I seem to have missed Pride this year due to work issues. I have mixed feelings about this, since on the one hand I want to celebrate the rise of the LGBT rights movement, increased visibility, and community building, and on the other Pride has been for most of my life not these things at all but rather an event focused around celebrating assimilation into marriage, church groups, and corporate jobs.
Stonewall was a riot, where New York queers rose against the police and said let us drink in our own bar. It was not a wedding, it was not a corporate promotion to convince potential consumers that it was okay with taking their money, it was not a church service. Pride is not a time for us to be good citizens who blend in perfectly with white suburban straight people. Some of us do that every day, and some of us can never do it, and some of us who could don’t want to. It is not a time to promote corporate branding or for asshole politicians to sweet-talk us about the last time they screwed us over, telling us how sorry they are about that and how they’ll never do it again if we just give them more money.
It is a weekend set aside for us to be ourselves and to celebrate our sexuality publicly, to enjoy each other’s fabulous company, to let it all hang out in ways that we so often can’t.
It is not a time to button up so that we can be more family-friendly, for a more conservative and less inclusive definition of “family”. It’s okay to bring your kids if you want to, but it’s not okay to complain that the leather daddies and drag queens make them ask questions you don’t want to answer.
At its core, I see Pride as an anti-authoritarian event, or at the very least an event where we should not be subject to intrusion from authoritarian organizations, not expected to assimilate to traditional norms, not expected to smile and keep silent about our pasts.
This does not really go with church groups or other authoritarian organizations. Given the history so many of us have with abuse from churches, I have doubts that church groups are appropriate to Pride at all. Every year at Pride I voice my discomfort with this and every year people try to say that it’s different because the churches that come to Pride are accepting! as though that means something. I was kicked out of one of the big “accepting” churches from my hometown because I am queer, and they march in the parade every year. Acceptance is thin, it’s premised on cultural heterosexist authority and the perceived right to see us as other, to exclude us, to debate our humanity and value to the larger community rather than taking it for granted. Straight people rest assured their church will not question their right to be in the space, to be seen as families, to be who they are openly, and that they debate these same things for us shows how little “acceptance” means. For those church groups who are actually cool, that’s awesome. But most of what I see is straight people and self-hating queers who want to congratulate themselves on how progressive they are while not creating any real change, people who talk about acceptance and mean it only for those of us who are capable of blending in so we are totally indistinct and invisible.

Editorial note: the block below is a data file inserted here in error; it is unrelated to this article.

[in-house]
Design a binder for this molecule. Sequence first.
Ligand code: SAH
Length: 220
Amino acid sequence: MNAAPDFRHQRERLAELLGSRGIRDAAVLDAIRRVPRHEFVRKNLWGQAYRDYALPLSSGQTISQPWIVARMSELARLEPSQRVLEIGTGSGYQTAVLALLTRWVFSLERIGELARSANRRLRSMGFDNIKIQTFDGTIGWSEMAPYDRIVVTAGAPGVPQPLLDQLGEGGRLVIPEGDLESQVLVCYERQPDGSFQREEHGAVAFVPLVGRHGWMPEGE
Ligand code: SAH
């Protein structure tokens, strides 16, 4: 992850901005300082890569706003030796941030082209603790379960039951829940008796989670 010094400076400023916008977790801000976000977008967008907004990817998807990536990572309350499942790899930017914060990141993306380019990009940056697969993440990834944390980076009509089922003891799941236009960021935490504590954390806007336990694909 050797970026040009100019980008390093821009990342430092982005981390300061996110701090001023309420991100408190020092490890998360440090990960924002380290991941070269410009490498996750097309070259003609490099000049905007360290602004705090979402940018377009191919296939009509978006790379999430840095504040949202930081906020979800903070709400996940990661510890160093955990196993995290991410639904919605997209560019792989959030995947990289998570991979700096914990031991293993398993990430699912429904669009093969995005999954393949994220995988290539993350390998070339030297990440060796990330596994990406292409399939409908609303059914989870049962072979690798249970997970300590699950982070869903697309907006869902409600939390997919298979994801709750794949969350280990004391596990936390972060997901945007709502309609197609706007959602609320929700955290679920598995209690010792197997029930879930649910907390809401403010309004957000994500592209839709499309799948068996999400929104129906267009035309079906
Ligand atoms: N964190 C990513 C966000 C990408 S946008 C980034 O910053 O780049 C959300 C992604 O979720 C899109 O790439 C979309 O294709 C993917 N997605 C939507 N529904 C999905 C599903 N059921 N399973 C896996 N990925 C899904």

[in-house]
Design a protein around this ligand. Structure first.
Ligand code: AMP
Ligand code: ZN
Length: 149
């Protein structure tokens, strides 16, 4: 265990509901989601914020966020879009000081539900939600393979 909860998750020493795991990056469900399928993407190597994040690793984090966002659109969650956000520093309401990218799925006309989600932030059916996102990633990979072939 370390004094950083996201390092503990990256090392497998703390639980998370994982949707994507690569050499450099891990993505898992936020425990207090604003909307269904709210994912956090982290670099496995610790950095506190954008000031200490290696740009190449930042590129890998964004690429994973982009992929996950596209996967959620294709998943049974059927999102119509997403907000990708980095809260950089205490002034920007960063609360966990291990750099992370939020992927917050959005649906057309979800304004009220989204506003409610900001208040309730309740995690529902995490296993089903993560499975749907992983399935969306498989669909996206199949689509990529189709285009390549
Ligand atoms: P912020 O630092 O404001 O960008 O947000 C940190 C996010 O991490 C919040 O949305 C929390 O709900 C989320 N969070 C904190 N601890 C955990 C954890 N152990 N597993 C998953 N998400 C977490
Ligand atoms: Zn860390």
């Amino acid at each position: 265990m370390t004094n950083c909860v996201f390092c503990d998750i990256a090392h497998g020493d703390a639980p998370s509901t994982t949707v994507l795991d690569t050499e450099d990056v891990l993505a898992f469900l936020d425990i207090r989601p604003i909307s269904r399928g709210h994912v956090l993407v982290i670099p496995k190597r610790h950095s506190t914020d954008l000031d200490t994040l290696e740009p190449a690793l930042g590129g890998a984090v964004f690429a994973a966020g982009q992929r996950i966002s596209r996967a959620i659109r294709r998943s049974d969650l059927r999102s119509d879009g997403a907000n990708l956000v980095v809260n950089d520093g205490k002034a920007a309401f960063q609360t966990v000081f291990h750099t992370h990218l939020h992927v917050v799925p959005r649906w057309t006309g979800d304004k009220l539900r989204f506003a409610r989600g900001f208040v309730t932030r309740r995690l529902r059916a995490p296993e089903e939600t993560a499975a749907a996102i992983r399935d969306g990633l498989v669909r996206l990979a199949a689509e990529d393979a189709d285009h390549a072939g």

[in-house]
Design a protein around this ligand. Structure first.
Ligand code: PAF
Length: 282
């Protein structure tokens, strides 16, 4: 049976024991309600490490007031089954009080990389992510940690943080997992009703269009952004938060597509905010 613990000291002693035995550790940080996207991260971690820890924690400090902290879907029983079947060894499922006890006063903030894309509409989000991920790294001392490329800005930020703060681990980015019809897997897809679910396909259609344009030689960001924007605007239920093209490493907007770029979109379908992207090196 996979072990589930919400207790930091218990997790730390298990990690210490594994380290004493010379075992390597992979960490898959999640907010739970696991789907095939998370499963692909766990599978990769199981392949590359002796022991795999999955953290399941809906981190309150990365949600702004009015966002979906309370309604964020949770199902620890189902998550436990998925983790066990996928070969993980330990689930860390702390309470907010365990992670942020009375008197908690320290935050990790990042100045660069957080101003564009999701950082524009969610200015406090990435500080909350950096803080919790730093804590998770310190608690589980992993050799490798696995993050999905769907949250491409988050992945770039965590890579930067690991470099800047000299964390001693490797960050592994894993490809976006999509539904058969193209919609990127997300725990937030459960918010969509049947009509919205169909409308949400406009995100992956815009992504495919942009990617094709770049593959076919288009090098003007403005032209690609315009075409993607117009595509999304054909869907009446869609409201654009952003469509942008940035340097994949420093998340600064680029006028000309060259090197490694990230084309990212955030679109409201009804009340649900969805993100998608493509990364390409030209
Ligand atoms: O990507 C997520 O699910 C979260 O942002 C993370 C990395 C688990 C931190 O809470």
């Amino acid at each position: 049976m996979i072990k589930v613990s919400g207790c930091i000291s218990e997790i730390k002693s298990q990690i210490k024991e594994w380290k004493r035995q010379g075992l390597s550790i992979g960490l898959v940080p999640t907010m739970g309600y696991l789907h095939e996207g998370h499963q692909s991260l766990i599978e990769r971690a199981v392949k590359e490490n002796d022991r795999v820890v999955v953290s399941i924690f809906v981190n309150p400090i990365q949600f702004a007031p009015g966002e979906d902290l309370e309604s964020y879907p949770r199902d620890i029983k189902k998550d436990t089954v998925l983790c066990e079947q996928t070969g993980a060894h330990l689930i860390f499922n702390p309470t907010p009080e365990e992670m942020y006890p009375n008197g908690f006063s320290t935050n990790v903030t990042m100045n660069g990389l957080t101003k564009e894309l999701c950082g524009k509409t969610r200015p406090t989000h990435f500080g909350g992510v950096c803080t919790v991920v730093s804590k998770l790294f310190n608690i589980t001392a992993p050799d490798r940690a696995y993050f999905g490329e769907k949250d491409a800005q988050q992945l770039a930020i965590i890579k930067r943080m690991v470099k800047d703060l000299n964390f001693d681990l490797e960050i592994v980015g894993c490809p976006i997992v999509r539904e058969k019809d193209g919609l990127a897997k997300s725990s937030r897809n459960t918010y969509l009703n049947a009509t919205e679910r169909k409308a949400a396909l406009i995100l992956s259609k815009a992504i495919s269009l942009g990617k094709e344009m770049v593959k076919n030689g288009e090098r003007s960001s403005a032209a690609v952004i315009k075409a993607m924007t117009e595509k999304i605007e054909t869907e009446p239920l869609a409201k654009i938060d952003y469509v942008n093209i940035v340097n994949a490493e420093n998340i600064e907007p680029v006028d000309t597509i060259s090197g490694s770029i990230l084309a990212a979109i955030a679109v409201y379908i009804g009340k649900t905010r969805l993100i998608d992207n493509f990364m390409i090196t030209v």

There’s no pride to be had in this.
Similarly, it’s nice that corporations have figured out that our money spends the same way as everyone else’s, but perhaps wooing us at times other than Pride would be appropriate. I’ll give a shout out to JC Penney here, with their mother’s day and father’s day ads. Good job! Now do an add with two women of color please. However, I’m also going to slam down hard on the beer companies: my community has a long history of trouble with alcoholism because bars were one of the only places we were allowed to exist and because our lives are often very stressful, and while I vastly prefer drunken antics to being accosted by yet another signature-gatherer on the latest useless marriage vote, both the assimilationist politics of the marriage movement and the beer companies’ interest in keeping us in thrall to their product make me sad about going to an event that used to make me so happy.
This is not pride either, though I think it’s closer than with church groups.
Politicians who want to court our vote can do so the rest of the year in public, rather than at Pride where only we will see them. The desire to woo our vote at Pride and then denounce us as necessary but distasteful allies the rest of the time is something I’ve seen a little too often.
This is the image of pride without the actuality, gay-friendliness for a payoff. I love seeing politicians at Pride when they’re there to be at Pride. I hate it when they’re there to campaign. Go to the State Fair and tell everyone how gay-friendly you are if you mean it so much.
I wish I could be more excited about Pride. I was really psyched about going when I was a teenager, a weekend when I could be in queer space and not be threatened for refusing straight conservative modes of dress and behavior. Now I feel alienated from the whole event for the same reasons I have always loved being queer: I do not want to get married and go to church and work for a corporation and spend my time drinking, getting excited about when TV shows a gay character that they don’t mangle horribly, trying to pretend that gay republicans just have a different view, trying to keep up with the Joneses and their conspicuous consumption. I do not want this same repressive life packaged with rainbows and stamped with the heteropatriarchal seal of acceptance, an acceptance premised on fitting into the dominant cultural model and not making a fuss about the racism or classism inherent to that model or even just that it doesn’t work for some of us. Pride is the last place we should ever be complacent, the last place we should ever accept the status quo, the last place we should decline to ask questions or pretend things are okay when really they’re not.